A broad portrait of early Islamic mysticism is fairly well-know. However, there are only a few key figures that have been explored in great detail and their activities shape how we understand this early history of Sufism. Laury Silvers, Professor of Religion at the University of Toronto, makes a significant contribution to the early development of Sufism by focusing on an influential but lesser-known figure, Abu Bakr al-Wasiti (d. ca. 320 AH/932 CE), the “soaring minaret.” In her new book, A Soaring Minaret: Abu Bakr al-Wasiti and the Rise of Baghdadi Sufism (SUNY Press, 2010), she situates Wasiti and his contributions within the broader historical developments in the formative period of Sufism. By doing so she deepens our knowledge of the development and spread of Baghdadi Ahl al-Hadith culture East to Khurasan, the consolidation of Baghdadi Sufism and the internalization of Khurasani traditions during the formative period.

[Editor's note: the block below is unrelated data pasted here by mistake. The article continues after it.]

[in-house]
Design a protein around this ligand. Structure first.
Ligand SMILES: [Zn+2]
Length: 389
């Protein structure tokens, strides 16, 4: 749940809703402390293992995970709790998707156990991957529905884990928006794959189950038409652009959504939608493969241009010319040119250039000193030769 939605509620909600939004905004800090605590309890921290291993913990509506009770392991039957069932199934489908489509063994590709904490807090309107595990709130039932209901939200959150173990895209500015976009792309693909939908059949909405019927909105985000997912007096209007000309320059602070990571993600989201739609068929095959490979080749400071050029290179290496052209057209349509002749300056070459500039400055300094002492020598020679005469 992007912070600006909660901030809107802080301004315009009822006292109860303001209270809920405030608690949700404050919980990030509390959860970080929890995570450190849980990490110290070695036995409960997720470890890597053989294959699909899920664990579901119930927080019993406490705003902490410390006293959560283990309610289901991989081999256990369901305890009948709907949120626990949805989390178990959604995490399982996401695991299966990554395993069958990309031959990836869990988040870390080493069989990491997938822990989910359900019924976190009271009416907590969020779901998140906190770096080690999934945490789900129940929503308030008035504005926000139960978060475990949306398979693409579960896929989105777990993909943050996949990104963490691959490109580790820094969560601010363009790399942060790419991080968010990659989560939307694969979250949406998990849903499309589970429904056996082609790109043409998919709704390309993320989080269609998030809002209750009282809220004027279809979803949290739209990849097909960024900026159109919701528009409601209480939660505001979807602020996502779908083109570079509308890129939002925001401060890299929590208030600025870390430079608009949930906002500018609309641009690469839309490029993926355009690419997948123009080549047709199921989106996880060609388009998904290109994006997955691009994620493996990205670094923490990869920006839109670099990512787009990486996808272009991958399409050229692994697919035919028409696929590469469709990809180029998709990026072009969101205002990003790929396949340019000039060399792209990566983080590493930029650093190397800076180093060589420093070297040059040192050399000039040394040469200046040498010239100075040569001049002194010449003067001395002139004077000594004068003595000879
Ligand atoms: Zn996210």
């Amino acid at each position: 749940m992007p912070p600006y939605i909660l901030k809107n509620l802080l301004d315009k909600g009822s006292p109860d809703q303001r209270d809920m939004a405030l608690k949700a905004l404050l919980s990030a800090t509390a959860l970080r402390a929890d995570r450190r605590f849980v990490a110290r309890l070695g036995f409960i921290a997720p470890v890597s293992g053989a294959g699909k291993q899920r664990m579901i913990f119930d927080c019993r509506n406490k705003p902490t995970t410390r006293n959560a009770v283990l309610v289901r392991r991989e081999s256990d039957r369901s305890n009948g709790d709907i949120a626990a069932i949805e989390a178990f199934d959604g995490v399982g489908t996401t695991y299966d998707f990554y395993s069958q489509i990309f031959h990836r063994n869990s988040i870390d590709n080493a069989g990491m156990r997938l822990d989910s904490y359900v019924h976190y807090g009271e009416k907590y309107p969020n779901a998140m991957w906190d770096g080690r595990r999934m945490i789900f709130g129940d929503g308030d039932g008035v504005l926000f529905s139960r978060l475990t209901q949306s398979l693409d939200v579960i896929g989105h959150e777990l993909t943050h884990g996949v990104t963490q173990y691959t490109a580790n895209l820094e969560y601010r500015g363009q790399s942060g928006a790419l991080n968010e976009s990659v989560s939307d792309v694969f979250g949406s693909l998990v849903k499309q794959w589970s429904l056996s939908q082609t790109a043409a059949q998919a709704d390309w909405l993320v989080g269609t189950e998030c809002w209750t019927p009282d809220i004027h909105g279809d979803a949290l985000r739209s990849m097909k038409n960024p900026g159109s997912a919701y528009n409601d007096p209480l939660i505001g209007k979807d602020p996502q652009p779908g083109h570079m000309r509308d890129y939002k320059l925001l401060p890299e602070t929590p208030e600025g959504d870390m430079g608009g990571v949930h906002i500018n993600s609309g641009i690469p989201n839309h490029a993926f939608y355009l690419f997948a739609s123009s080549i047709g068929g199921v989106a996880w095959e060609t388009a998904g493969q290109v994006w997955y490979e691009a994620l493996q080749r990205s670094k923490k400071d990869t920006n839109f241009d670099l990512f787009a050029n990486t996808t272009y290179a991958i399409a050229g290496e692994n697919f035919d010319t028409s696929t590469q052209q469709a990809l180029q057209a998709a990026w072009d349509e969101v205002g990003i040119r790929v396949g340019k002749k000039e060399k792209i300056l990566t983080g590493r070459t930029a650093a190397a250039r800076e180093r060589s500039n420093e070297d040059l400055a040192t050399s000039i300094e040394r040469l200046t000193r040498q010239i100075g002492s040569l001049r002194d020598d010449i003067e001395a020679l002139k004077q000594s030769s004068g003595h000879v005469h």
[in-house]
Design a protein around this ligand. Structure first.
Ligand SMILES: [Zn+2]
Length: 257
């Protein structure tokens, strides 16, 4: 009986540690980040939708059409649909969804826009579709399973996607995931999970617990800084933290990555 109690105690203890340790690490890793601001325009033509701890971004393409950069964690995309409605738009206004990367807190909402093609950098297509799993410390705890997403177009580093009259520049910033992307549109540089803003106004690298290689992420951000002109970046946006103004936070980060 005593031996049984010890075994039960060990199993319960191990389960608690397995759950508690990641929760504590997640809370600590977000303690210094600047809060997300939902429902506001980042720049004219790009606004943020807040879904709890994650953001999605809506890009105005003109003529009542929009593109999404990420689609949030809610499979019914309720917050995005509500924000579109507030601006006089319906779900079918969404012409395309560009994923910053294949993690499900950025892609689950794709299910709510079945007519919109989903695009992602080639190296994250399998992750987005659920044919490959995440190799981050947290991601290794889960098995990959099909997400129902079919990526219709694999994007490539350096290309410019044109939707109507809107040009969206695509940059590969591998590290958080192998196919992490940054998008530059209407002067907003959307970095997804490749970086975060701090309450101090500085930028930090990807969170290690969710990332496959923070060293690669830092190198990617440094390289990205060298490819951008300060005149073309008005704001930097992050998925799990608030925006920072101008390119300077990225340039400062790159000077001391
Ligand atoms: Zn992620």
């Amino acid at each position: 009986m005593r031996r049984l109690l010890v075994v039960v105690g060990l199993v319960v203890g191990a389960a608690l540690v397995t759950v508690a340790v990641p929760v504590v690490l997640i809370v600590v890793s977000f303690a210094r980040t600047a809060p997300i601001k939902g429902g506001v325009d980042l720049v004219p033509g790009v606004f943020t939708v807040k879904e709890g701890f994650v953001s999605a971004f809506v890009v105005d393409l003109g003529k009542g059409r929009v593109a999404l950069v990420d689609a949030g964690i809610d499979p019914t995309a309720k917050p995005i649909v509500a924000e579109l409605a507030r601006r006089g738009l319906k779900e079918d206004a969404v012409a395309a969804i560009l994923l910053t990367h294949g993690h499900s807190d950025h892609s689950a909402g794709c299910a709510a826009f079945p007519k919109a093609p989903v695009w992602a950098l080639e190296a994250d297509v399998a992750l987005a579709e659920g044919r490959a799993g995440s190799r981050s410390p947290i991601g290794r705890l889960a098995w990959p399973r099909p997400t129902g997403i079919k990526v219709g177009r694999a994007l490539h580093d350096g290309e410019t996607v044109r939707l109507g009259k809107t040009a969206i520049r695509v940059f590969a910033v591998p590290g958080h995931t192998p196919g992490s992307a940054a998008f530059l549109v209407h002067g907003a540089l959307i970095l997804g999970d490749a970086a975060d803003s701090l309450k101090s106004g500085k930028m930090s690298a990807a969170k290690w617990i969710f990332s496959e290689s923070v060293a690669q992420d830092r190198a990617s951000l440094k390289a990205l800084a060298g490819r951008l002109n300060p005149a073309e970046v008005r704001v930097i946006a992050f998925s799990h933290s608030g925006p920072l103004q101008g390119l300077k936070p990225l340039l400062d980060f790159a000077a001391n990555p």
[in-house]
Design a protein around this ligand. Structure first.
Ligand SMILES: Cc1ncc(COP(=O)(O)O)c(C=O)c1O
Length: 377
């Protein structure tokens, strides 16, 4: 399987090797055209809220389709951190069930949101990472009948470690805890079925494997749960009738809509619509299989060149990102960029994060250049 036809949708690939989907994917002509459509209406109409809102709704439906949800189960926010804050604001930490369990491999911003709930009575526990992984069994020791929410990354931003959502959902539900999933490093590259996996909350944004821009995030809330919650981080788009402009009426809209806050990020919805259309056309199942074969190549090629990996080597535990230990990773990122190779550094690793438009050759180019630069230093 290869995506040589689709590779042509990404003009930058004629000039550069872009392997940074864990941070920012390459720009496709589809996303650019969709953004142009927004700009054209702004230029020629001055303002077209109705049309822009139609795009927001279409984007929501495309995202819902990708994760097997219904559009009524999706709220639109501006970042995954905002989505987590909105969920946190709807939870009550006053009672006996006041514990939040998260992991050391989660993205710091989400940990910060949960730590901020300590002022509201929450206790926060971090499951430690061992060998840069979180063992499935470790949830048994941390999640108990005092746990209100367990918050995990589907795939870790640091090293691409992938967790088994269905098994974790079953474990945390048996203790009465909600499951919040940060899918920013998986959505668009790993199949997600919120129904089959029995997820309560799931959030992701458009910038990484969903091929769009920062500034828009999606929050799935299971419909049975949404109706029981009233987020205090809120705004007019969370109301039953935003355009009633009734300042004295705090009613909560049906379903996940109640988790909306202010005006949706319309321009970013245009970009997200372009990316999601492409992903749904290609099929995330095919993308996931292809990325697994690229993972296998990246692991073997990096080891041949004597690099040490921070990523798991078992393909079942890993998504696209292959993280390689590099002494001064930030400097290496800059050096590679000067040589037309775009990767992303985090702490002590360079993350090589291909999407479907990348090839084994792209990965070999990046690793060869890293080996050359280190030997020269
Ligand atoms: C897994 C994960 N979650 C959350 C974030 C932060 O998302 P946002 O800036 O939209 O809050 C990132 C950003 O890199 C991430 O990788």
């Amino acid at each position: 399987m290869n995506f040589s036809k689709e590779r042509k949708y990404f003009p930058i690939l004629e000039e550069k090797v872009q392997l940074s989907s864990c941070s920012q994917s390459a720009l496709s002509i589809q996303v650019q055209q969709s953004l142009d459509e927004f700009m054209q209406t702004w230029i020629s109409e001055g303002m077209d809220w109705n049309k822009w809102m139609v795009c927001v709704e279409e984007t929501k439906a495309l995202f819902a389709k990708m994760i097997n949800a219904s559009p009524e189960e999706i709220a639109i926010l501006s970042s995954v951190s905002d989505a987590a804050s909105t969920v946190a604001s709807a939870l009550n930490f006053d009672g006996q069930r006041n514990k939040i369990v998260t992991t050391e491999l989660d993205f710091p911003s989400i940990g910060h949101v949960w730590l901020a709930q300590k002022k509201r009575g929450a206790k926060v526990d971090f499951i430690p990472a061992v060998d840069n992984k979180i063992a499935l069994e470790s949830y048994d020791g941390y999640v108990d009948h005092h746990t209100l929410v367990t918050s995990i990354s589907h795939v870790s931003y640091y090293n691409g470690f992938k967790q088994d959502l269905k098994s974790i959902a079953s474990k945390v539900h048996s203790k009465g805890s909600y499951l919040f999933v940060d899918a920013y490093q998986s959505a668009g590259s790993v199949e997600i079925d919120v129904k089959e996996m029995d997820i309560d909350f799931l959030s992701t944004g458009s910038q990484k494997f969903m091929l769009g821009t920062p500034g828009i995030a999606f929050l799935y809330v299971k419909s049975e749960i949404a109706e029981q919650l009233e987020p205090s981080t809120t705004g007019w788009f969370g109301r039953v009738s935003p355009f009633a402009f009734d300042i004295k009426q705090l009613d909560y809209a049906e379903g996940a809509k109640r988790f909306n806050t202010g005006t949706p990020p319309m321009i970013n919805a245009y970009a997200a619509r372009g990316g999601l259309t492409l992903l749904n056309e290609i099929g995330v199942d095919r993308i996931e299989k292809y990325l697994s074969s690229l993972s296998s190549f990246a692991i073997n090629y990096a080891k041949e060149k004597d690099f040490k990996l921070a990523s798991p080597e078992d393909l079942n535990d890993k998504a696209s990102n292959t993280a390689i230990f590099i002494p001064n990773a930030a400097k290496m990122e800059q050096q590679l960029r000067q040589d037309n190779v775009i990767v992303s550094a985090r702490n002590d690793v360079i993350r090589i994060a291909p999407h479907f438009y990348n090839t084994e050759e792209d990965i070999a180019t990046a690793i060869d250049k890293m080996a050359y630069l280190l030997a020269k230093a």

Silvers’ approach is refreshing and useful as she details the historical context as well as the intellectual history of early mystics. Wasiti was one of the first students of the influential teachers Junayd and Nuri, the first to travel east and promote the Baghdadi Sufi tradition in Khurasan, and one of the first mystics to compose a Quran commentary. We are also presented with a detailed analysis of his theological perspective on the divine reality. Silvers thoroughly outlines Wasiti’s understanding of God’s Essence, His Attributes, and His Acts in a readable and accessible manner. Overall, Silvers offers us a comprehensive and comprehensible presentation of the intellectual development of Islamic mysticism and metaphysics within the context of the historical development and spread of Sufism. This new book is highly enjoyable and should be useful for the lay reader and academic, the student and the teacher.